• Don’t let other people make you feel like you are worth any less than them, and don’t ever be afraid to be who you are. You have so much to offer the world because of the way your brain works. Be proud of that.

Then, I handed her the books and told her I’d been saving them for this day. She smiled and shimmied into a comfy spot on the bed with excitement as she opened the picture book and began to read. Every few seconds she exclaimed, “Oh, that is SO me,” and “That is DEFINITELY me,” as she read about the experiences of the little Autistic girl in the book navigating her day. When she was done, she looked at me, beaming with pride. I told her she could ask me questions any time she needed to, and I told her exactly what her psychologist had said that had influenced our decision not to disclose her diagnosis to her until now. She told me she understands but she is happy to know now and proud that we are the same.

In the weeks since, our days have been filled with realizations of, “Oh, that’s why I do THAT!” and questions like “Mommy, is this because I’m Autistic?” I answer her honestly, helping her figure out her newfound identity, one I’ve embraced for myself over the past three years. And as these wonderful, in-depth conversations fill the moments between homeschool work and ballet classes, I’ve made my own new realization: I never should have kept this part of her life from her, this core piece of who she is. We would have still needed to have a more thorough, serious conversation at some point, but I wish I hadn’t avoided mentioning it in the day-to-day.

I wish I had kept the topic of Autism and how our lives are shaped by being on the spectrum sprinkled into normal conversations and events as we’ve done over the past month or so. The difference in our connection as a family and in Anya’s behavior and self-awareness has been absolutely amazing. She was already doing phenomenally with trying new things and talking herself through difficult scenarios after attending therapy for the past few years to help her cope with changes and process emotions, but this just gave her the missing information she needed to understand why that was even necessary. Having that knowledge has made a world of difference in her anxiety and helped her to be much more mindful and cooperative at home. (Not that she was super rebellious before, but now and again we could butt heads and dig our heels in against each other on something.)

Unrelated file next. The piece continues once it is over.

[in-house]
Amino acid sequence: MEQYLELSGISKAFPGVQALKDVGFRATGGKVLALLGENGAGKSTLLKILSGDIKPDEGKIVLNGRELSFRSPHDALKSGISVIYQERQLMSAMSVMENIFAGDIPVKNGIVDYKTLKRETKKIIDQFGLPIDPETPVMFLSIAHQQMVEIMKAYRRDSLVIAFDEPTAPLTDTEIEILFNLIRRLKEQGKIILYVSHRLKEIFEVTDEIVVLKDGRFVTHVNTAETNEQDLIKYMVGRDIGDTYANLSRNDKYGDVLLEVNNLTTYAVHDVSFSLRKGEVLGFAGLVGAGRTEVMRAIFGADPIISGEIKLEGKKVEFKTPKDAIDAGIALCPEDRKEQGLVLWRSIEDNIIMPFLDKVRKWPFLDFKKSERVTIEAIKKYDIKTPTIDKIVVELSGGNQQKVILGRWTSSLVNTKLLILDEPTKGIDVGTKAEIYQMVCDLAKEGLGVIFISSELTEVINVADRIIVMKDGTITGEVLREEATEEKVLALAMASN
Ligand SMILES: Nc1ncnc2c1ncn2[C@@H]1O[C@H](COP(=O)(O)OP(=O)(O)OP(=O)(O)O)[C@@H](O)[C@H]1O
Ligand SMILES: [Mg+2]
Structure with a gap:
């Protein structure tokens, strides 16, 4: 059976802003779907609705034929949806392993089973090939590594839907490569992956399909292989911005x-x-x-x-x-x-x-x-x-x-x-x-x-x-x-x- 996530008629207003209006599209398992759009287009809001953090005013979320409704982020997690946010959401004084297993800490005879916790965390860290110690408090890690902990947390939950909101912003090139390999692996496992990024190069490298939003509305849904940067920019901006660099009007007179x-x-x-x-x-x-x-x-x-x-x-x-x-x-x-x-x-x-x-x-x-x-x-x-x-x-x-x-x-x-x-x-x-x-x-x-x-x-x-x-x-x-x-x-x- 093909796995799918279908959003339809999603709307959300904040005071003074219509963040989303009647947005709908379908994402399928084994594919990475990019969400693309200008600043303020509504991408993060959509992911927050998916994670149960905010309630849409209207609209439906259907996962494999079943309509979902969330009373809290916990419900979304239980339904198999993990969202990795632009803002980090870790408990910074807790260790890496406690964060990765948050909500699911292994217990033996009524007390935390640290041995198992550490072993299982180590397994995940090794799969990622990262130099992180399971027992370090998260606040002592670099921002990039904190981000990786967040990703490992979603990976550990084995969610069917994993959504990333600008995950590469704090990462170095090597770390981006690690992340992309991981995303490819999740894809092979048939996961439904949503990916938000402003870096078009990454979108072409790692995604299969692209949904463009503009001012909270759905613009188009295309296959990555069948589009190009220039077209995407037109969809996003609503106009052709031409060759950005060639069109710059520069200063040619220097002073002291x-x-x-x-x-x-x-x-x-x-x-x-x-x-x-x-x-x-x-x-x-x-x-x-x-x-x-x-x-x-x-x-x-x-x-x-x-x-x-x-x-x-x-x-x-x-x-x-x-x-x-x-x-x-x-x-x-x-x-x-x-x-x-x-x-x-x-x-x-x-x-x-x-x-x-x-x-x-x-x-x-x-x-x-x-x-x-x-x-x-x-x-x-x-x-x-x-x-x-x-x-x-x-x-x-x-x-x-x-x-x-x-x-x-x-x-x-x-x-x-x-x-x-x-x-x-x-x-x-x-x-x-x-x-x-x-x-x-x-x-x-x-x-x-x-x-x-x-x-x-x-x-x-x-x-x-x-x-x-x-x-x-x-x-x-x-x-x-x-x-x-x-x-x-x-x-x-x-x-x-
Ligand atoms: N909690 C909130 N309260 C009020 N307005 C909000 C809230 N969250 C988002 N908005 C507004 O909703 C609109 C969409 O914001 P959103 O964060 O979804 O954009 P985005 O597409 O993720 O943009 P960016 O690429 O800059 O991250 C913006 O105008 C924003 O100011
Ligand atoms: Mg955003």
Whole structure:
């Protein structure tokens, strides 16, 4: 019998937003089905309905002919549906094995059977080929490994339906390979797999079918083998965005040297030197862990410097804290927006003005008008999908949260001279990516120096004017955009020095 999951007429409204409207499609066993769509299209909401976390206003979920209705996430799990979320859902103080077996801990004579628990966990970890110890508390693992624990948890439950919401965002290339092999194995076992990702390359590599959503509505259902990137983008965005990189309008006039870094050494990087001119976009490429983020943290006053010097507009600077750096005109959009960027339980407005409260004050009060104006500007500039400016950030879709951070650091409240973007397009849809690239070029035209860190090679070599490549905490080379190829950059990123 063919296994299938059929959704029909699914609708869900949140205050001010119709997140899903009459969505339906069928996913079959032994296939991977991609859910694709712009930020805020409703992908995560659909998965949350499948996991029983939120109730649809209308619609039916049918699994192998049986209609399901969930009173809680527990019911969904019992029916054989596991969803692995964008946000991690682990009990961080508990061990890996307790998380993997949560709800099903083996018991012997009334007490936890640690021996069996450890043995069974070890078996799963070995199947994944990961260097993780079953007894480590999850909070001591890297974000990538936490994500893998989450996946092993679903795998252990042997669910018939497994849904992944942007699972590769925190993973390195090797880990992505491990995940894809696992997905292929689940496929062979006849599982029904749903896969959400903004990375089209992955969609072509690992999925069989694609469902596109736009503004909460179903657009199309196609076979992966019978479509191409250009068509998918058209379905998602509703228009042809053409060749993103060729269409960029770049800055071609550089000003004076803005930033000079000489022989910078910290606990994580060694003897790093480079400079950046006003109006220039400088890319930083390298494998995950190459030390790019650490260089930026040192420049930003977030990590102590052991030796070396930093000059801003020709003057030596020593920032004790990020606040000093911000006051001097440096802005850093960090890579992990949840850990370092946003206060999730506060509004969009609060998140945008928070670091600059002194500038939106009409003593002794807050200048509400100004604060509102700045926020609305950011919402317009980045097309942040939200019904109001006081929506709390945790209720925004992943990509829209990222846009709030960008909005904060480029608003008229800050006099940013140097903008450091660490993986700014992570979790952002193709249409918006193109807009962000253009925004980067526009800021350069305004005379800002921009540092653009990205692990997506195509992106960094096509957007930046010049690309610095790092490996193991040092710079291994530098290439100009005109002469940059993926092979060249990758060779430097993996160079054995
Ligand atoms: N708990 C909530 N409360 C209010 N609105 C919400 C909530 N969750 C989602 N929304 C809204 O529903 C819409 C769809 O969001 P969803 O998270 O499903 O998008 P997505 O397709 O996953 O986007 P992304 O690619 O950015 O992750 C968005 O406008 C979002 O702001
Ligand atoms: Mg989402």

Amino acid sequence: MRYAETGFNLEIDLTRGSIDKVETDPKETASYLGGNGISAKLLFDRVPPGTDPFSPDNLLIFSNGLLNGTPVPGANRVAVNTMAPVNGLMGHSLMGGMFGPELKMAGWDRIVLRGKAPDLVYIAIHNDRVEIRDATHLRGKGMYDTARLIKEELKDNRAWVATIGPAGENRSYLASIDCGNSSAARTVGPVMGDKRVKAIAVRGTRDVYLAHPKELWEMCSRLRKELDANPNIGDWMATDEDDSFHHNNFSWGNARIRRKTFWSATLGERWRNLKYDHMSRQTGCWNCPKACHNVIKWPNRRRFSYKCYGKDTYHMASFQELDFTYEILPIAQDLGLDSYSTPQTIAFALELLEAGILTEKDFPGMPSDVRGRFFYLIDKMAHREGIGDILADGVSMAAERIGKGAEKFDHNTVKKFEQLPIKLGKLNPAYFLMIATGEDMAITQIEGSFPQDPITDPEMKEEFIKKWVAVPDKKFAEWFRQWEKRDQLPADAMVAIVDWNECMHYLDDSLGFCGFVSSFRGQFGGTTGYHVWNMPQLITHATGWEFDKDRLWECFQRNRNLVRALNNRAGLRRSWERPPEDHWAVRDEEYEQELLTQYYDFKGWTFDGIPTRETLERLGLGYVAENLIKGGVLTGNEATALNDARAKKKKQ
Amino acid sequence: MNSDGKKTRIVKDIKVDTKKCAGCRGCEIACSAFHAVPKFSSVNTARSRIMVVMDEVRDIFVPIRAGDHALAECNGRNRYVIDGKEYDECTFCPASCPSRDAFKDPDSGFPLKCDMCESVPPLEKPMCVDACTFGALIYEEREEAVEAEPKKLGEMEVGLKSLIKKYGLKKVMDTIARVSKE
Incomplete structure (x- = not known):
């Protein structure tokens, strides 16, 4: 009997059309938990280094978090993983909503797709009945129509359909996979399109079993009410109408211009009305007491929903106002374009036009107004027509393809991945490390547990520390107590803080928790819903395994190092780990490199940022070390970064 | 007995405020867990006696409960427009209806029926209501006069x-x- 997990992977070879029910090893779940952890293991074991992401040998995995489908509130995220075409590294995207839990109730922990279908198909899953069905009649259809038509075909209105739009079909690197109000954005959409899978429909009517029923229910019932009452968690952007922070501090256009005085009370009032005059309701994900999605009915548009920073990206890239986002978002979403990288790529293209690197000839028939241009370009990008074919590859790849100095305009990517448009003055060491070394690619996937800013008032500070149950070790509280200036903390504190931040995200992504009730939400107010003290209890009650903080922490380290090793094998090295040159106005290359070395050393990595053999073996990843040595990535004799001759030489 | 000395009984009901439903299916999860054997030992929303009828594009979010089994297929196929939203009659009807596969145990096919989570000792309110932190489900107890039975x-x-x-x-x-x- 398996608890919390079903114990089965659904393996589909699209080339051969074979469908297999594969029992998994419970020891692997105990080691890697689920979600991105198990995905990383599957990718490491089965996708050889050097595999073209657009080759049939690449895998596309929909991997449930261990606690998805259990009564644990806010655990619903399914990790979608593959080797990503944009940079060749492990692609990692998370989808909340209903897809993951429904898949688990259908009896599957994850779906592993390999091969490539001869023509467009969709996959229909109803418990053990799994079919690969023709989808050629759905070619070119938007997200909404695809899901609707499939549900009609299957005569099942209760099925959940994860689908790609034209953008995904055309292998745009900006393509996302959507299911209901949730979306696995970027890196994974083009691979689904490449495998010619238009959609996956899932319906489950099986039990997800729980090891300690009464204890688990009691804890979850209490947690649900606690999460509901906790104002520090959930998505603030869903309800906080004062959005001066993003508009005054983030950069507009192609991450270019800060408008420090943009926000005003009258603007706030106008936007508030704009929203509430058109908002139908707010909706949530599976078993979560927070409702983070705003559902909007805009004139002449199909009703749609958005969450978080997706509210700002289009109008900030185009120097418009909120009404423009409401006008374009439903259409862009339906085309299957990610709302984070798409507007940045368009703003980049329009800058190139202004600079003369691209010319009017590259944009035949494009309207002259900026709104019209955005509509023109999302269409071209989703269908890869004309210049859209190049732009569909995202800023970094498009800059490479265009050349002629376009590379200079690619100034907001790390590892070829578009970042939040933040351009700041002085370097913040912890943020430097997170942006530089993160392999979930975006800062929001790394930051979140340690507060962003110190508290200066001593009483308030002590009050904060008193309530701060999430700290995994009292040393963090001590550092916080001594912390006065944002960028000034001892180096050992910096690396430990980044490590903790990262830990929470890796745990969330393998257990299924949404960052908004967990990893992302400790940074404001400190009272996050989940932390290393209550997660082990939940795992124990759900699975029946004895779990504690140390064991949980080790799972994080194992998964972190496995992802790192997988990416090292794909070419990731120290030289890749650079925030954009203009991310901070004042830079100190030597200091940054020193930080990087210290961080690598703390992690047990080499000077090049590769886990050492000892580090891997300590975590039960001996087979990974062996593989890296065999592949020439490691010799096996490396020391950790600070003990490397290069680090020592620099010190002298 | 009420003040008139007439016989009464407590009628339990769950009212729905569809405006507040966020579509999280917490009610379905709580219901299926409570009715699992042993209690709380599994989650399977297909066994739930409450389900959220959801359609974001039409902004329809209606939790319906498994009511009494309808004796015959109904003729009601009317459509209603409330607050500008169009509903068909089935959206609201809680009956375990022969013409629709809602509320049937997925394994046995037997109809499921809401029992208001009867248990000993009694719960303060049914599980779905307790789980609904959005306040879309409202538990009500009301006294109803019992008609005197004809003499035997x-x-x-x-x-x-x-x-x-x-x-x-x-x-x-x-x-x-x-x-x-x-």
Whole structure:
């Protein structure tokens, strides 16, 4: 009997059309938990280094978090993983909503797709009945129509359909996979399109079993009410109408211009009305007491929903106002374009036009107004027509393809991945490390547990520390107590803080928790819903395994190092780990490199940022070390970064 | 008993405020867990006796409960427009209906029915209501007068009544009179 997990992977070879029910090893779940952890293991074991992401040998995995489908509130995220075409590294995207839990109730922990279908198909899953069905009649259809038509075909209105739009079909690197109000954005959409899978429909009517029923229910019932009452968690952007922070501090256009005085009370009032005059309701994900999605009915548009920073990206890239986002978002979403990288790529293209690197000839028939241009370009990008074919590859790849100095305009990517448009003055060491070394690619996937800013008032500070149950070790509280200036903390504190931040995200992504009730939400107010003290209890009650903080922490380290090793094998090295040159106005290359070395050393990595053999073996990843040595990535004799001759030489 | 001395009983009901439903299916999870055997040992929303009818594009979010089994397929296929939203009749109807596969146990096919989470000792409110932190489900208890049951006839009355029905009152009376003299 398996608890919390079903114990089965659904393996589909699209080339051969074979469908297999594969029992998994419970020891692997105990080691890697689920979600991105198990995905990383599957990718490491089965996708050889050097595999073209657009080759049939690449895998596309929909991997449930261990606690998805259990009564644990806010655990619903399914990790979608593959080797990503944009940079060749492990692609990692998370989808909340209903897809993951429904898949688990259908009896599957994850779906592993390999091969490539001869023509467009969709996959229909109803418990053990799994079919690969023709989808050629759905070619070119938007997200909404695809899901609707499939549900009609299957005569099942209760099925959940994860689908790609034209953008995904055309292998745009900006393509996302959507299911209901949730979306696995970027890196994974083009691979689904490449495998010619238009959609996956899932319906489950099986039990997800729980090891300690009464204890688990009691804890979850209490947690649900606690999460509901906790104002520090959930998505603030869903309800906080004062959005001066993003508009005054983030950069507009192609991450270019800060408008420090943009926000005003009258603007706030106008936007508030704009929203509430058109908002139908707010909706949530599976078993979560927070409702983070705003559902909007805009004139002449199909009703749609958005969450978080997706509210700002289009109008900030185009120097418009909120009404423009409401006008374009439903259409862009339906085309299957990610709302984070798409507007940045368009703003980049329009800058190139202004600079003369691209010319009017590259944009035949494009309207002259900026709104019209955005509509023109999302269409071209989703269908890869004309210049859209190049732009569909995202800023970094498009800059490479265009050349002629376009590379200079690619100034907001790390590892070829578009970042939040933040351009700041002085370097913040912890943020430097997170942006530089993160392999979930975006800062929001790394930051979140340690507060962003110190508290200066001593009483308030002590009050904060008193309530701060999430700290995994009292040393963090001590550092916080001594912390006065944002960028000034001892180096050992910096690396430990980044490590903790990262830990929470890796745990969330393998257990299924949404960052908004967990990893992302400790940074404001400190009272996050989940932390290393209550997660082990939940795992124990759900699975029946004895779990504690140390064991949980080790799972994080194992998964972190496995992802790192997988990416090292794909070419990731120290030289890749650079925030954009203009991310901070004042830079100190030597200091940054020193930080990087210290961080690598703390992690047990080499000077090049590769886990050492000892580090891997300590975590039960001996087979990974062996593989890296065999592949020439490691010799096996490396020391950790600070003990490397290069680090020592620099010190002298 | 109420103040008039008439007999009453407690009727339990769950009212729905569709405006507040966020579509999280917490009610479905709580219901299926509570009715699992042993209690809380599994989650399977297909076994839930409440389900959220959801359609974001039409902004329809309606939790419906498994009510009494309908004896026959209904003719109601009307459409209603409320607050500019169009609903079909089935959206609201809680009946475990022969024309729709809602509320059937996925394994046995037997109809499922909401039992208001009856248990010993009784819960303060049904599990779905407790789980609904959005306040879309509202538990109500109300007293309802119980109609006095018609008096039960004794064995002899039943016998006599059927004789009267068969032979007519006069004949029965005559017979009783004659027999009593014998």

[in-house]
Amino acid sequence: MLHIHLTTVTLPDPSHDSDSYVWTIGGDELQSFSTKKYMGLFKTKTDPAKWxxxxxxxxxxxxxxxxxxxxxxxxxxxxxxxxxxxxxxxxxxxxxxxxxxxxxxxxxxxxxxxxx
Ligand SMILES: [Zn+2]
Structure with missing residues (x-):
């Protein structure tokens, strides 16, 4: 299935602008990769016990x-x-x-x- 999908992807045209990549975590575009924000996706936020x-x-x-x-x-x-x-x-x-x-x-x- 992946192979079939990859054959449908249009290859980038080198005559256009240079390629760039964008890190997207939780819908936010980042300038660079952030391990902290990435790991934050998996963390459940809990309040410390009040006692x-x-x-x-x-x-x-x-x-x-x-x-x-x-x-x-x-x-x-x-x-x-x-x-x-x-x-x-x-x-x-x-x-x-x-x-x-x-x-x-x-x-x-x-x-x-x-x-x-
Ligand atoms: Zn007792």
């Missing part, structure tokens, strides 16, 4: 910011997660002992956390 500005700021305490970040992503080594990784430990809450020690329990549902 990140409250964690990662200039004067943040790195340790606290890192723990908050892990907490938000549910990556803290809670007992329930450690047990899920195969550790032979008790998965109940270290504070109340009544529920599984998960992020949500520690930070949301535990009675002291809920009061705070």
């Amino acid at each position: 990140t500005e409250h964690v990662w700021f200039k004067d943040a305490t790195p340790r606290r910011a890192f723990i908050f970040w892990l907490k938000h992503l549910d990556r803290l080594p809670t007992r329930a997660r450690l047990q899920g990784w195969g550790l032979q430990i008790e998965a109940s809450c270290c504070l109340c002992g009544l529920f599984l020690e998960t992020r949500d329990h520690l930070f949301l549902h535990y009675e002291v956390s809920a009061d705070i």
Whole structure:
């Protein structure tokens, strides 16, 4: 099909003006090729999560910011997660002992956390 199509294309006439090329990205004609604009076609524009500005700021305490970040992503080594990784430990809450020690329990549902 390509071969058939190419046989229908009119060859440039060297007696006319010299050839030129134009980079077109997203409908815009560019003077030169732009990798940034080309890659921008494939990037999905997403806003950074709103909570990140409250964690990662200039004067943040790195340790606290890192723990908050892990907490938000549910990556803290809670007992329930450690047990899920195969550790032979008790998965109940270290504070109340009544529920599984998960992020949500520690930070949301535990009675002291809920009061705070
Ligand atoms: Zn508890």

She sees the world the same way she always has, but it’s like the color has been turned up a notch in the best possible way. I’m loving the renewed atmosphere of our home and confidence I see in both of us as we take on the world together. She is able to help me determine when certain assignments or curricula aren’t fitting her needs and why, and that is SO much less frustrating than me guessing based on my own assumptions. Our school days are going so beautifully now that she feels like she has a say and can understand why we need to change up things just here and there, such as when her coexisting dysgraphia makes writing too much by hand difficult. She is just…thriving in a whole new way.

The real question is, I suppose, why did I, a proud Autistic woman fighting for acceptance and the normalization of neurodiversity, allow the doubt of others not on the spectrum to creep into my psyche and inform when I would talk about Autism more openly in my own home? Honestly, I’m still figuring this all out for myself. Years of being told you aren’t good enough as a person does a number on your self-confidence. You start to believe the naysayers and doubt your own judgment. These last few years I’ve been slowly pulling myself out of that hole, but it hasn’t been easy or perfect.

Knowing who I really am has made all the difference in my own self-perception and abilities, and I should have known it would do the same for my daughter. After all, she is a piece of me, too, and I a part of her. I will never make the mistake of hiding any part of what makes myself or each of my children uniquely themselves again. It’s too important; for them and for the change we want to be and see in the world that currently misunderstands so much about us. We are not ashamed. We are here, and we are not broken. We will not hide any longer. We are Autistic, and we are proud. When you know better, you do better, and the world has a lot of learning to do.

You can find the books I gave my daughter here and here.

April is Autism Acceptance Month. Learn more here.